Orange Peel Skin On The Legs: 3 Tips That Can Help Treat It From The Pros
It's that time of the year when I start to think more and more about my legs. The layers come off, the skin comes out, and all of a sudden adopting a more thorough body care routine starts to sound like a great idea.
I'll be honest with you: I've always been a bit self-conscious about the skin on my legs. I've written before about how I deal with strawberry skin (or skin that looks congested post-shave), as well as just generally having dry skin on my body. And like a lot of folks, I also deal with dimpling and bumpiness on my thighs (this is sometimes called "orange peel skin"—the beauty industry really loves comparing skin to fruit, I guess?). Essentially my skin just isn't as smooth and svelte as I'd like it to be naturally.
The good news is that I've hit a point in life where things like this really don't bother me. Skin is skin is skin—and rarely does it look as flawless as it might in Photoshopped advertisements. But perfectionism isn't a goal of mine, and I'd rather just have my skin look healthy.
But just because I don't care that it's not "perfect" doesn't mean I give up caring for my skin entirely. Quite the opposite! I indulge in a body care routine that I love and do so knowing that it won't make dimples magically disappear or appear more "toned" overnight. And guess what? My skin has never looked or felt better.
Keep skin hydrated
I can not overstate the importance of daily hydration for skin health. Dry, dehydrated skin appears dull, crepey, and is more prone to sagging—all of which will exacerbate the appearance of dimples and bumps. Not to mention, moisturizers can temporarily help skin look more supple and glowy. And in the long term, a high-quality hydrator will help your skin look younger for longer. Don't skimp on hydration!
Look for options with barrier-supporting ingredients and actives. Coenzyme Q10, for example, is a powerful antioxidant that protects skin cells from damage. Shea butter and oat oil have both been shown to help boost ceramides in the skin and bolster the barrier. mindbodygreen's postbiotic body lotion uses these ingredients, plus a special biotech postbiotic ingredient that improves epidermal framework reconstruction, so skin is stronger and looks smoother with use.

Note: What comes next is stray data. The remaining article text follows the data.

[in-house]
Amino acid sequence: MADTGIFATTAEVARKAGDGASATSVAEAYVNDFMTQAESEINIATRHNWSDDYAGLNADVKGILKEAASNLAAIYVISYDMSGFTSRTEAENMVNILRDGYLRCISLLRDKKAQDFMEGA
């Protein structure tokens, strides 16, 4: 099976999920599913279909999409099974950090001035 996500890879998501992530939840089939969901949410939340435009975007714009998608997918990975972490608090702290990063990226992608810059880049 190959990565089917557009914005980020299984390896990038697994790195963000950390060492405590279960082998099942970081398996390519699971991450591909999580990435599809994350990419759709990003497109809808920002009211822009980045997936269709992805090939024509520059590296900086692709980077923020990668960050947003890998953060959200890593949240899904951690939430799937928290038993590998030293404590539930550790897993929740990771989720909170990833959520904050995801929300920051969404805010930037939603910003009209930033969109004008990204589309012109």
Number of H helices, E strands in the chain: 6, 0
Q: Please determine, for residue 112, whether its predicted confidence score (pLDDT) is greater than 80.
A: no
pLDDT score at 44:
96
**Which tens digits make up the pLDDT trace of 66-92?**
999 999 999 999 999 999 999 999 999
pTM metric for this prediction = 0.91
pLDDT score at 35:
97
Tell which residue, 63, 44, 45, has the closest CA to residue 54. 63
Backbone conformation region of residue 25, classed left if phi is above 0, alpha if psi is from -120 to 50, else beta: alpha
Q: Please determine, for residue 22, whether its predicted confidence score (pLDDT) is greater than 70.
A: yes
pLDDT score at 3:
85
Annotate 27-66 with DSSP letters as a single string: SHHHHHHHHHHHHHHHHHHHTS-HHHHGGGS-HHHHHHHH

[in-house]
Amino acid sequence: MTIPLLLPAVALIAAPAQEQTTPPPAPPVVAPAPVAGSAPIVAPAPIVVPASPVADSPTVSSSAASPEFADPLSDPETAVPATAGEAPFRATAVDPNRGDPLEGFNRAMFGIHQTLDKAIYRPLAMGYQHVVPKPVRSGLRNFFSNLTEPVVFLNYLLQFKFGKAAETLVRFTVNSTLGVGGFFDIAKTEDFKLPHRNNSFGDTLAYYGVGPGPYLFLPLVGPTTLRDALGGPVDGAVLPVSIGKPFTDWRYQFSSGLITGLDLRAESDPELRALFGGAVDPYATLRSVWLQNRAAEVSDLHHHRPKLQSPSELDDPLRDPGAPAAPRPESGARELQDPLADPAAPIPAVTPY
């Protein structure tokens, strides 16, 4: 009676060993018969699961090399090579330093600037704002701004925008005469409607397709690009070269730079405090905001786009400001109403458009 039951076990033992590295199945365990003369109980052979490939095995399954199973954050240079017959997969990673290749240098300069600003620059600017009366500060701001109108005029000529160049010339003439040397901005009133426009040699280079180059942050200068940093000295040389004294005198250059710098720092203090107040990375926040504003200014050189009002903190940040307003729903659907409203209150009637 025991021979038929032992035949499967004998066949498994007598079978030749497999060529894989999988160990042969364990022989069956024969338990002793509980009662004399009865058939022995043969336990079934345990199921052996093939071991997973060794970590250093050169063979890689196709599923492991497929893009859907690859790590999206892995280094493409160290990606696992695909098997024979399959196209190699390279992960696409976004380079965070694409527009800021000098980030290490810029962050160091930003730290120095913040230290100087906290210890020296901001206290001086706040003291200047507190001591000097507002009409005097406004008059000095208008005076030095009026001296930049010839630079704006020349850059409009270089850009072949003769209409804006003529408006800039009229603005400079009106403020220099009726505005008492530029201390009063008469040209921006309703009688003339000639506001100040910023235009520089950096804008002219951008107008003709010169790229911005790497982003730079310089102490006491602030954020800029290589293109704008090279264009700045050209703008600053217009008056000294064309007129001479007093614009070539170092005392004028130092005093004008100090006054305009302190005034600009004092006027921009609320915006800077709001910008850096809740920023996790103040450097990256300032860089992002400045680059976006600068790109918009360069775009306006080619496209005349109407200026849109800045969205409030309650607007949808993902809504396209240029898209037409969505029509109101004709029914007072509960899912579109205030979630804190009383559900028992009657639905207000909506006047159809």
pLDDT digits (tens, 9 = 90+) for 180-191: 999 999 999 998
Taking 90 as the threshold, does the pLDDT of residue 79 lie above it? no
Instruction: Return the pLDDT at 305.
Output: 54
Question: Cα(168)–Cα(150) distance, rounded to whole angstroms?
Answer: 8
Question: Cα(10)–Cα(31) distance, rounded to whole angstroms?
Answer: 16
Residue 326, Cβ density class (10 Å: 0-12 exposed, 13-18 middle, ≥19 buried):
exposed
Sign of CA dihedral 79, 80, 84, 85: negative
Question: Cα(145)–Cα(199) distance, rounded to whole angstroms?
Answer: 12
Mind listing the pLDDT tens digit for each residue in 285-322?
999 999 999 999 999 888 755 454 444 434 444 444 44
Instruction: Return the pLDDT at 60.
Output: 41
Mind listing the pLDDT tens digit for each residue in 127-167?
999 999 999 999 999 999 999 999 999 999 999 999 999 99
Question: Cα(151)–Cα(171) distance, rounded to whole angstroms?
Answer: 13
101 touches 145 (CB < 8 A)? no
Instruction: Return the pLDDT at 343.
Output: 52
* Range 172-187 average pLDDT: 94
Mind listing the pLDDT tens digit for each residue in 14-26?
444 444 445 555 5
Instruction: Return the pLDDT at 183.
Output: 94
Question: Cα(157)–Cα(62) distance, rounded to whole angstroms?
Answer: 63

Look for toning treatments
If your concerns are dimples on the skin, you might benefit from looking for a toning body cream or one formulated to treat crepey skin (as there'll be ingredient overlap). Toning creams may have active ingredients to help tighten the skin and strengthen the epidermis.
For example, caffeine is a popular ingredient in toning creams, as it can give the skin a boost of circulation and suppleness. Retinols help improve skin cell turnover, boost collagen production, and even thicken the epidermis of the skin, which can help improve the look of skin over time (however, they can be challenging to tolerate—even on the body). AHAs, like glycolic acid, have also become popular in body treatments as they can slough off dry skin and even help support your body's collagen production.
It's important to make sure you use these treatments alongside body moisturizers and lotions though—if you're not careful, using potent actives can end up disrupting the skin barrier and damaging the skin.
I personally don't faux tan, but lots of pros swear by it to smooth out the appearance of skin. (There's a reason most celebrities get fake tans—even if they don't admit it.) Beauty editor Jamie Schneider once wrote about how it's typically seen as a "high-maintenance" beauty ritual, but in reality: It makes your day-to-day so much simpler because your skin looks glowy and polished without much fuss.
"Especially as the weather warms up, I'll self-tan every 10 days or so for a faux glow. In addition to making me look like I just returned from a beach vacation, I find it helps balance and brighten my complexion, sort of like a full-body color corrector," she writes. "That doesn't mean I'll skimp on my daily lotion, but self-tanner makes my skin appear much smoother, tighter, and more even-toned."
Check out mbg's favorite self-tanners and how to use them here.
Getting smooth, supple, hydrated skin head-to-toe doesn't need a full routine overhaul. Just look for smart hydrators with barrier-supporting actives and regularly exfoliate. And if those don't work? Well, you can always fake it with a faux tan. For more tips on how to treat crepey skin on the legs, check out our guide.
Alexandra Engler is the beauty director at mindbodygreen and host of the beauty podcast Clean Beauty School. Previously, she's held beauty roles at Harper's Bazaar, Marie Claire, SELF, and Cosmopolitan; her byline has appeared in Esquire, Sports Illustrated, and Allure.com. In her current role, she covers all the latest trends in the clean and natural beauty space, as well as lifestyle topics, such as travel. She received her journalism degree from Marquette University, graduating first in the department. She lives in Brooklyn, New York.